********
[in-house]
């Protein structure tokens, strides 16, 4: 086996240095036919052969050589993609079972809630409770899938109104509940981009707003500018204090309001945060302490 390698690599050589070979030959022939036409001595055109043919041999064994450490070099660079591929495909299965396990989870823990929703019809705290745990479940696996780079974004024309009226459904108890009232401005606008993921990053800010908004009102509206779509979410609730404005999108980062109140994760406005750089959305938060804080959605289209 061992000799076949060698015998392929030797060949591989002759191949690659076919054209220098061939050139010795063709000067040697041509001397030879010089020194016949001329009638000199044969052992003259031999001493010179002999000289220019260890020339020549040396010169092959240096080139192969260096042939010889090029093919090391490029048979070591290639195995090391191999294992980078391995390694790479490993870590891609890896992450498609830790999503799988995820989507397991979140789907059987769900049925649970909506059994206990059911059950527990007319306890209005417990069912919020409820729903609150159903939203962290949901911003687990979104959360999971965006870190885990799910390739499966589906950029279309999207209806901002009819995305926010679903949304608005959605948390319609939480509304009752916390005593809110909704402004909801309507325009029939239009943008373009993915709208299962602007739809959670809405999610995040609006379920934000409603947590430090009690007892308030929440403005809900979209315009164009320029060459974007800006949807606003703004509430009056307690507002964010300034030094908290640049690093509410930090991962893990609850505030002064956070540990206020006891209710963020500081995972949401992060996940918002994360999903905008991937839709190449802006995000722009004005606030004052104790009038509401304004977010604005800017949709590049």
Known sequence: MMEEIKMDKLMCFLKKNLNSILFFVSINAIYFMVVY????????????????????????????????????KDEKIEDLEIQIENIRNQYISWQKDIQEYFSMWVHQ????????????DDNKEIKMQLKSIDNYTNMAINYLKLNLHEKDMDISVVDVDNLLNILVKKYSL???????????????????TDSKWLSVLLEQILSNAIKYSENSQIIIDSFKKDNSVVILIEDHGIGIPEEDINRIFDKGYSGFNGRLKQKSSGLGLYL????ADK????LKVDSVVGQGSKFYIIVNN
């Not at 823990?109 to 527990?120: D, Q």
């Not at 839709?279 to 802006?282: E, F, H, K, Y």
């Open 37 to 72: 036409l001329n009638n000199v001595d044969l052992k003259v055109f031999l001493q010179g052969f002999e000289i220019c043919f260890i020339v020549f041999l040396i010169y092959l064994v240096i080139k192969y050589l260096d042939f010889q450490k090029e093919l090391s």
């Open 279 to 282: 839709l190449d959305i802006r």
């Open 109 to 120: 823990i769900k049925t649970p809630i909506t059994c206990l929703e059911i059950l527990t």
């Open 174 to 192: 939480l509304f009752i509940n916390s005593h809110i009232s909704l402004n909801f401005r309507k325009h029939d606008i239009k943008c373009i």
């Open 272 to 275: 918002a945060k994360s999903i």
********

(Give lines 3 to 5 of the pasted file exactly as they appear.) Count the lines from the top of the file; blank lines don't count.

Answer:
Known sequence: MMEEIKMDKLMCFLKKNLNSILFFVSINAIYFMVVY????????????????????????????????????KDEKIEDLEIQIENIRNQYISWQKDIQEYFSMWVHQ????????????DDNKEIKMQLKSIDNYTNMAINYLKLNLHEKDMDISVVDVDNLLNILVKKYSL???????????????????TDSKWLSVLLEQILSNAIKYSENSQIIIDSFKKDNSVVILIEDHGIGIPEEDINRIFDKGYSGFNGRLKQKSSGLGLYL????ADK????LKVDSVVGQGSKFYIIVNN
């Not at 823990?109 to 527990?120: D, Q």
């Not at 839709?279 to 802006?282: E, F, H, K, Y």